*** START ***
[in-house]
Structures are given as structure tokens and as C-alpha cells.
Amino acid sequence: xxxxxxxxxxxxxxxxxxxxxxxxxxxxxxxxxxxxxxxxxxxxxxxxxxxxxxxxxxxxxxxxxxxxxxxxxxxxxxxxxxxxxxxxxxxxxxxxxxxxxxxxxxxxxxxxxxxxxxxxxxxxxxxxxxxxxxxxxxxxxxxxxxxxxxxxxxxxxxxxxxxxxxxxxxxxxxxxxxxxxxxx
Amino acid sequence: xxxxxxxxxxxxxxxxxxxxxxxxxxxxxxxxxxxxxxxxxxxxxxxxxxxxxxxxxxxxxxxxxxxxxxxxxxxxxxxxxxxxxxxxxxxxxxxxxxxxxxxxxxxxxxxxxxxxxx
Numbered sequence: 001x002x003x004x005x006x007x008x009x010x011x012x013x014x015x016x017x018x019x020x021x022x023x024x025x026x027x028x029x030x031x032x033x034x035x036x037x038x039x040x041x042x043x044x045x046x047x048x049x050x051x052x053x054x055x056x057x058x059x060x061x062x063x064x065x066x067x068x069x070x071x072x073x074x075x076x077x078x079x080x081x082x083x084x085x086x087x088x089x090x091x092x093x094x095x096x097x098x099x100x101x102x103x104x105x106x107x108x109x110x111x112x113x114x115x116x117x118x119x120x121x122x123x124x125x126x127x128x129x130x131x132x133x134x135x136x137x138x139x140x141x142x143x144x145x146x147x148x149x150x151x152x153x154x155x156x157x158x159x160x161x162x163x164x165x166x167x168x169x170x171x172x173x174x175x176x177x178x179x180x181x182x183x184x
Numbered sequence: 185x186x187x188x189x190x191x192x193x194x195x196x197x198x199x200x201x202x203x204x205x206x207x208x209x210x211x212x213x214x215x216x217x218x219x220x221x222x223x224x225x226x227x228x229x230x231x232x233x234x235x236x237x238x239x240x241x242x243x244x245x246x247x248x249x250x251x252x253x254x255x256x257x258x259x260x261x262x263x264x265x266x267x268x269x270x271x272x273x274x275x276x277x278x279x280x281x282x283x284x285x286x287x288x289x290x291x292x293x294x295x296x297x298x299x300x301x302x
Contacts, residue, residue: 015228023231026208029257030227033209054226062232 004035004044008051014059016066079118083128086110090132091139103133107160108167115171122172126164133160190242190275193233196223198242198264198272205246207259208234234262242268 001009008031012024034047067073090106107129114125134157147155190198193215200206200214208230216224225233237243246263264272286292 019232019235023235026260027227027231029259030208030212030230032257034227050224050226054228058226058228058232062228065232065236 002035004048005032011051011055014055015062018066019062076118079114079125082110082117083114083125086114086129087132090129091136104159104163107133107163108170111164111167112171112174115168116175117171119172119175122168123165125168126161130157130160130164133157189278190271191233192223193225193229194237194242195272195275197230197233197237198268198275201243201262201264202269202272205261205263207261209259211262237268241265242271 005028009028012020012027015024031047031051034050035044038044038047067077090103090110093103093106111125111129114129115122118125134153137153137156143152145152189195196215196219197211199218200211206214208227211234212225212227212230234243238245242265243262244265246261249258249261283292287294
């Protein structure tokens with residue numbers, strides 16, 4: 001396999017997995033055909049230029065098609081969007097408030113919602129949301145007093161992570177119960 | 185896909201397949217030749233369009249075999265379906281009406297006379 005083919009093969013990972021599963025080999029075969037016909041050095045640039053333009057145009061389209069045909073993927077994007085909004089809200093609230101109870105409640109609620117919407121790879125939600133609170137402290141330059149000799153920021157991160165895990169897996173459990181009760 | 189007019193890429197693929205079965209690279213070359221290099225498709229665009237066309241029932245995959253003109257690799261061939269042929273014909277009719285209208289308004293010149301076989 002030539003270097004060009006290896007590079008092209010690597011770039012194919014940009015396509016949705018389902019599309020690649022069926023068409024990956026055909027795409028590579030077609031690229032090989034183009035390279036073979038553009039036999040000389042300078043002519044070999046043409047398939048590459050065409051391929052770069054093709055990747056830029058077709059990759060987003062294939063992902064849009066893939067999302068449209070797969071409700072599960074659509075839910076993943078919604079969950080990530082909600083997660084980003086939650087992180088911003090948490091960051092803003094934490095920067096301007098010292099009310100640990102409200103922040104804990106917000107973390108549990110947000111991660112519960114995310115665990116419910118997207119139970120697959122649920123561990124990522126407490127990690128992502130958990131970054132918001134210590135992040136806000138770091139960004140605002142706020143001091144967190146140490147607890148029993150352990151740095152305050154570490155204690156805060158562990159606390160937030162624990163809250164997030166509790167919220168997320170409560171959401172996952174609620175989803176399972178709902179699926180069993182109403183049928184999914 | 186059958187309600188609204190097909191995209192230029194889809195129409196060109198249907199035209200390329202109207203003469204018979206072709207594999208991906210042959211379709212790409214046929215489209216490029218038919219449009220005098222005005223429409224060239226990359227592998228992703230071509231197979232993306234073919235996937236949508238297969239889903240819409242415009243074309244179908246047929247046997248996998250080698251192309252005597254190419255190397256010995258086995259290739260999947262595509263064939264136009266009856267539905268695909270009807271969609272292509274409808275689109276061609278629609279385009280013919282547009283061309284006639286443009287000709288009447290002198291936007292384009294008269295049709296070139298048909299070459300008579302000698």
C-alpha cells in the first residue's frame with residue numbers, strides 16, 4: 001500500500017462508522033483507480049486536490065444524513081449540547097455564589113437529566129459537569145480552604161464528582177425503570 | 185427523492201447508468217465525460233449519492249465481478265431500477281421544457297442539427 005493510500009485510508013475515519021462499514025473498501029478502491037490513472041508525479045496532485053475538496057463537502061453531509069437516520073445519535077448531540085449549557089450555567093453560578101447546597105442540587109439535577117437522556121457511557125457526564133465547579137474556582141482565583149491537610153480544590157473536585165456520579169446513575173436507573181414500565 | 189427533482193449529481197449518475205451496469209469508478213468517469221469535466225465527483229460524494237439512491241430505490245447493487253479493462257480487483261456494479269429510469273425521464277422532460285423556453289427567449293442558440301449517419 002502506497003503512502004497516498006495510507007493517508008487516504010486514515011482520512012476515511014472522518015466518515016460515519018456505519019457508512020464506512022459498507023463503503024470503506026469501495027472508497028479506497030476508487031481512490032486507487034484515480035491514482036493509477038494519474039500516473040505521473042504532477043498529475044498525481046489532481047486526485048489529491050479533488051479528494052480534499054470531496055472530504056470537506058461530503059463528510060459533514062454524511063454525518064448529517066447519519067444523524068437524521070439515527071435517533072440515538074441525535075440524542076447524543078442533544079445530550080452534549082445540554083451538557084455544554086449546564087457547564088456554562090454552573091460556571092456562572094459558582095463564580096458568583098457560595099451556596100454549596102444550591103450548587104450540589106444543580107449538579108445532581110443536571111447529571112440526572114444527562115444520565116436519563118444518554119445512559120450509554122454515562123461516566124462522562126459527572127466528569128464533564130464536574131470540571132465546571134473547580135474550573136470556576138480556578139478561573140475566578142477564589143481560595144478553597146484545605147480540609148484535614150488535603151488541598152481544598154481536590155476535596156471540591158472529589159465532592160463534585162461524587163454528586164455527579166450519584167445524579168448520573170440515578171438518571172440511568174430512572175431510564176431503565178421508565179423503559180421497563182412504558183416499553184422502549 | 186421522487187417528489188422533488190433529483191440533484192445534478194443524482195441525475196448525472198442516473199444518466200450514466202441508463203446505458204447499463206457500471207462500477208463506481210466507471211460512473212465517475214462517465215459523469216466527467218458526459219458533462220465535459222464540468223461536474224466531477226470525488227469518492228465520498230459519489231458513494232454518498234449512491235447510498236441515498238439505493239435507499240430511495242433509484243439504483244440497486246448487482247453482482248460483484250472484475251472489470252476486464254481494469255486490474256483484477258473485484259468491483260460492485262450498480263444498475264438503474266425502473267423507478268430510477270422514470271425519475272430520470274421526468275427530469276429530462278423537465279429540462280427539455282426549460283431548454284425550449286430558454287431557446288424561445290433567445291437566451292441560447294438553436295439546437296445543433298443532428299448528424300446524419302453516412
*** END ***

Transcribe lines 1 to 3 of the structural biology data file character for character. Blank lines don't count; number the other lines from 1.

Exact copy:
[in-house]
Structures are given as structure tokens and as C-alpha cells.
Amino acid sequence: xxxxxxxxxxxxxxxxxxxxxxxxxxxxxxxxxxxxxxxxxxxxxxxxxxxxxxxxxxxxxxxxxxxxxxxxxxxxxxxxxxxxxxxxxxxxxxxxxxxxxxxxxxxxxxxxxxxxxxxxxxxxxxxxxxxxxxxxxxxxxxxxxxxxxxxxxxxxxxxxxxxxxxxxxxxxxxxxxxxxxxxx